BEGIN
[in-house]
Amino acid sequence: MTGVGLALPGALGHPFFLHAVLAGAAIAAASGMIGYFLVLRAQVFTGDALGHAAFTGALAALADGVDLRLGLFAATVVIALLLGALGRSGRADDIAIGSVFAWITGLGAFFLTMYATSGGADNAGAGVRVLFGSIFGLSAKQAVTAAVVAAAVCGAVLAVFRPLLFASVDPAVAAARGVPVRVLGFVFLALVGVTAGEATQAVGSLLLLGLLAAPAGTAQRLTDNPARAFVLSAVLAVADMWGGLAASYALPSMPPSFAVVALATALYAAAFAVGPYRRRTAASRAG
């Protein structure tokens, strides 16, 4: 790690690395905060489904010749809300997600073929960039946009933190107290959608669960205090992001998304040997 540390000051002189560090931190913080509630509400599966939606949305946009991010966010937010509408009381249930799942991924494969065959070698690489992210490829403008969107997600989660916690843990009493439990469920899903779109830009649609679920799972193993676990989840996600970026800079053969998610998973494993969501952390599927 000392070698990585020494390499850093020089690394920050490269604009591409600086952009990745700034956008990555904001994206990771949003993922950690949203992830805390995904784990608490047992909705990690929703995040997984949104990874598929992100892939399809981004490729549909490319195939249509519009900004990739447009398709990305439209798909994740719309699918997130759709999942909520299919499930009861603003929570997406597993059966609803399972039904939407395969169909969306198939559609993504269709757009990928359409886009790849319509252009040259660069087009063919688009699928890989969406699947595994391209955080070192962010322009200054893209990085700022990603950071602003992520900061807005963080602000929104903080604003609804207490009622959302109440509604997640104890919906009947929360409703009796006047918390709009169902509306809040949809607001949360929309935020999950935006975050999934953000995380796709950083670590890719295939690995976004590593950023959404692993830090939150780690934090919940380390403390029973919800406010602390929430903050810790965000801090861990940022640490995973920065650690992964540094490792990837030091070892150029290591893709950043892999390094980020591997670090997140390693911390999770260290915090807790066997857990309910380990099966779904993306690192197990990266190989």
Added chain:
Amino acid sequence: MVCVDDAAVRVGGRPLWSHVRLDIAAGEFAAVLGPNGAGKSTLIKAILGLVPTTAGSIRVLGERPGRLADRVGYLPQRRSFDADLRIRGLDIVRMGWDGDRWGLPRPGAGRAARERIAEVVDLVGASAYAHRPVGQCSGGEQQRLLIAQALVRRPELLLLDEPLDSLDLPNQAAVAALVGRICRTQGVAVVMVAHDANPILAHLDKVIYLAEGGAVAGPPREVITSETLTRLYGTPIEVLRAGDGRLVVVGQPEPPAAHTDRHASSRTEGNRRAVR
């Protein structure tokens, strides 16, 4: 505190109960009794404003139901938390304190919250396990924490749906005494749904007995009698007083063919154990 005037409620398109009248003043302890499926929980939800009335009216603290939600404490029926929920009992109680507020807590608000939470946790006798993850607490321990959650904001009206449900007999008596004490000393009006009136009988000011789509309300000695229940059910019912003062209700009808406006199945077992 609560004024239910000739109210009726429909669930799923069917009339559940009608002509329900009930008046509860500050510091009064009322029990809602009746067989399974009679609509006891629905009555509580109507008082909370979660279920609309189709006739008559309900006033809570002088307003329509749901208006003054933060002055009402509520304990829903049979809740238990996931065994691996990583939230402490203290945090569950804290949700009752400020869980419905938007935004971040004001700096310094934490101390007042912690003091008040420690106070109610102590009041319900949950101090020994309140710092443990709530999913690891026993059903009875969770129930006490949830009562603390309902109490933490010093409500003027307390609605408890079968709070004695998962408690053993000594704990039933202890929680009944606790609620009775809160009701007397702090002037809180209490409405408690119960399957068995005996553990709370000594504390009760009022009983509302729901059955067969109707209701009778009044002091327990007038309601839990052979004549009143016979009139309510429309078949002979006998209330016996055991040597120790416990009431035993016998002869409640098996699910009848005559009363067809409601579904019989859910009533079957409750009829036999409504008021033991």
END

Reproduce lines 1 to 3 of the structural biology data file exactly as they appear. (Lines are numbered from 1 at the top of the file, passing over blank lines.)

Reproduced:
[in-house]
Amino acid sequence: MTGVGLALPGALGHPFFLHAVLAGAAIAAASGMIGYFLVLRAQVFTGDALGHAAFTGALAALADGVDLRLGLFAATVVIALLLGALGRSGRADDIAIGSVFAWITGLGAFFLTMYATSGGADNAGAGVRVLFGSIFGLSAKQAVTAAVVAAAVCGAVLAVFRPLLFASVDPAVAAARGVPVRVLGFVFLALVGVTAGEATQAVGSLLLLGLLAAPAGTAQRLTDNPARAFVLSAVLAVADMWGGLAASYALPSMPPSFAVVALATALYAAAFAVGPYRRRTAASRAG
């Protein structure tokens, strides 16, 4: 790690690395905060489904010749809300997600073929960039946009933190107290959608669960205090992001998304040997 540390000051002189560090931190913080509630509400599966939606949305946009991010966010937010509408009381249930799942991924494969065959070698690489992210490829403008969107997600989660916690843990009493439990469920899903779109830009649609679920799972193993676990989840996600970026800079053969998610998973494993969501952390599927 000392070698990585020494390499850093020089690394920050490269604009591409600086952009990745700034956008990555904001994206990771949003993922950690949203992830805390995904784990608490047992909705990690929703995040997984949104990874598929992100892939399809981004490729549909490319195939249509519009900004990739447009398709990305439209798909994740719309699918997130759709999942909520299919499930009861603003929570997406597993059966609803399972039904939407395969169909969306198939559609993504269709757009990928359409886009790849319509252009040259660069087009063919688009699928890989969406699947595994391209955080070192962010322009200054893209990085700022990603950071602003992520900061807005963080602000929104903080604003609804207490009622959302109440509604997640104890919906009947929360409703009796006047918390709009169902509306809040949809607001949360929309935020999950935006975050999934953000995380796709950083670590890719295939690995976004590593950023959404692993830090939150780690934090919940380390403390029973919800406010602390929430903050810790965000801090861990940022640490995973920065650690992964540094490792990837030091070892150029290591893709950043892999390094980020591997670090997140390693911390999770260290915090807790066997857990309910380990099966779904993306690192197990990266190989």